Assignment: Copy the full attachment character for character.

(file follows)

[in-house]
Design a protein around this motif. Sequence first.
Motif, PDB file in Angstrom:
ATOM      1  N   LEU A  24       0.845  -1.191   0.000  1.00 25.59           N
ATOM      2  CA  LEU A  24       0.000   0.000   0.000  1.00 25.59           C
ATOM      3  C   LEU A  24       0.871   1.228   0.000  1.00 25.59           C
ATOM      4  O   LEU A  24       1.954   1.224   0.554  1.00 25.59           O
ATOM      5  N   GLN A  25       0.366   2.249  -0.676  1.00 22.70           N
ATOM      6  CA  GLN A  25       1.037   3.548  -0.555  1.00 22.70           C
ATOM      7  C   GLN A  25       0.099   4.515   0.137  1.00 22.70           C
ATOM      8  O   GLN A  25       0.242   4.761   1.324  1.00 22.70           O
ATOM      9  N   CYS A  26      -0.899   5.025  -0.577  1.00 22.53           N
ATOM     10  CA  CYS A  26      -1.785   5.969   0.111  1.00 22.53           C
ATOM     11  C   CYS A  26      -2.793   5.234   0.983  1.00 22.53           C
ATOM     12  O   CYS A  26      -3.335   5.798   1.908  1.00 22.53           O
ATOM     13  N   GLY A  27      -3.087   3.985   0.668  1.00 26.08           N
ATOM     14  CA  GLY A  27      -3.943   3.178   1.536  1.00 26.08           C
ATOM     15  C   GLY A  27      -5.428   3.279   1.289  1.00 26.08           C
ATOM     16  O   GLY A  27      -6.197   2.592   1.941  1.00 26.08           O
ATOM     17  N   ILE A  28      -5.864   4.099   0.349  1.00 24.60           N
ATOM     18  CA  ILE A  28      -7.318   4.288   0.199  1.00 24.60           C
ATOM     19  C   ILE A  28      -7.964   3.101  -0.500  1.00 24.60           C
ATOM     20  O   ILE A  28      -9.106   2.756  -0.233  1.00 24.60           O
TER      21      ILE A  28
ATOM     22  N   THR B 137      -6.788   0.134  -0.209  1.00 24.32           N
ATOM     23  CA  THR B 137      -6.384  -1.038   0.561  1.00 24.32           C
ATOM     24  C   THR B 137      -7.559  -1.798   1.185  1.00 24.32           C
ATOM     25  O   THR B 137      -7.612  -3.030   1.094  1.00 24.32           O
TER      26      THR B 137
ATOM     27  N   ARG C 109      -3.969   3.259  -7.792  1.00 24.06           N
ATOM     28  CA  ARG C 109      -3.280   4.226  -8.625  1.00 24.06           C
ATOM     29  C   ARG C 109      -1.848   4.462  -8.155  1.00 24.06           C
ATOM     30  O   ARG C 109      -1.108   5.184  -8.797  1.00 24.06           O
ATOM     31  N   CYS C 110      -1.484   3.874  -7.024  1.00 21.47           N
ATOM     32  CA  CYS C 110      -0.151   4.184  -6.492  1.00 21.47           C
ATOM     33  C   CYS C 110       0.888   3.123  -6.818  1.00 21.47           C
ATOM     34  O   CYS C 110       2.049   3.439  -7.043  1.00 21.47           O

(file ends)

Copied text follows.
[in-house]
Design a protein around this motif. Sequence first.
Motif, PDB file in Angstrom:
ATOM      1  N   LEU A  24       0.845  -1.191   0.000  1.00 25.59           N
ATOM      2  CA  LEU A  24       0.000   0.000   0.000  1.00 25.59           C
ATOM      3  C   LEU A  24       0.871   1.228   0.000  1.00 25.59           C
ATOM      4  O   LEU A  24       1.954   1.224   0.554  1.00 25.59           O
ATOM      5  N   GLN A  25       0.366   2.249  -0.676  1.00 22.70           N
ATOM      6  CA  GLN A  25       1.037   3.548  -0.555  1.00 22.70           C
ATOM      7  C   GLN A  25       0.099   4.515   0.137  1.00 22.70           C
ATOM      8  O   GLN A  25       0.242   4.761   1.324  1.00 22.70           O
ATOM      9  N   CYS A  26      -0.899   5.025  -0.577  1.00 22.53           N
ATOM     10  CA  CYS A  26      -1.785   5.969   0.111  1.00 22.53           C
ATOM     11  C   CYS A  26      -2.793   5.234   0.983  1.00 22.53           C
ATOM     12  O   CYS A  26      -3.335   5.798   1.908  1.00 22.53           O
ATOM     13  N   GLY A  27      -3.087   3.985   0.668  1.00 26.08           N
ATOM     14  CA  GLY A  27      -3.943   3.178   1.536  1.00 26.08           C
ATOM     15  C   GLY A  27      -5.428   3.279   1.289  1.00 26.08           C
ATOM     16  O   GLY A  27      -6.197   2.592   1.941  1.00 26.08           O
ATOM     17  N   ILE A  28      -5.864   4.099   0.349  1.00 24.60           N
ATOM     18  CA  ILE A  28      -7.318   4.288   0.199  1.00 24.60           C
ATOM     19  C   ILE A  28      -7.964   3.101  -0.500  1.00 24.60           C
ATOM     20  O   ILE A  28      -9.106   2.756  -0.233  1.00 24.60           O
TER      21      ILE A  28
ATOM     22  N   THR B 137      -6.788   0.134  -0.209  1.00 24.32           N
ATOM     23  CA  THR B 137      -6.384  -1.038   0.561  1.00 24.32           C
ATOM     24  C   THR B 137      -7.559  -1.798   1.185  1.00 24.32           C
ATOM     25  O   THR B 137      -7.612  -3.030   1.094  1.00 24.32           O
TER      26      THR B 137
ATOM     27  N   ARG C 109      -3.969   3.259  -7.792  1.00 24.06           N
ATOM     28  CA  ARG C 109      -3.280   4.226  -8.625  1.00 24.06           C
ATOM     29  C   ARG C 109      -1.848   4.462  -8.155  1.00 24.06           C
ATOM     30  O   ARG C 109      -1.108   5.184  -8.797  1.00 24.06           O
ATOM     31  N   CYS C 110      -1.484   3.874  -7.024  1.00 21.47           N
ATOM     32  CA  CYS C 110      -0.151   4.184  -6.492  1.00 21.47           C
ATOM     33  C   CYS C 110       0.888   3.123  -6.818  1.00 21.47           C
ATOM     34  O   CYS C 110       2.049   3.439  -7.043  1.00 21.47           O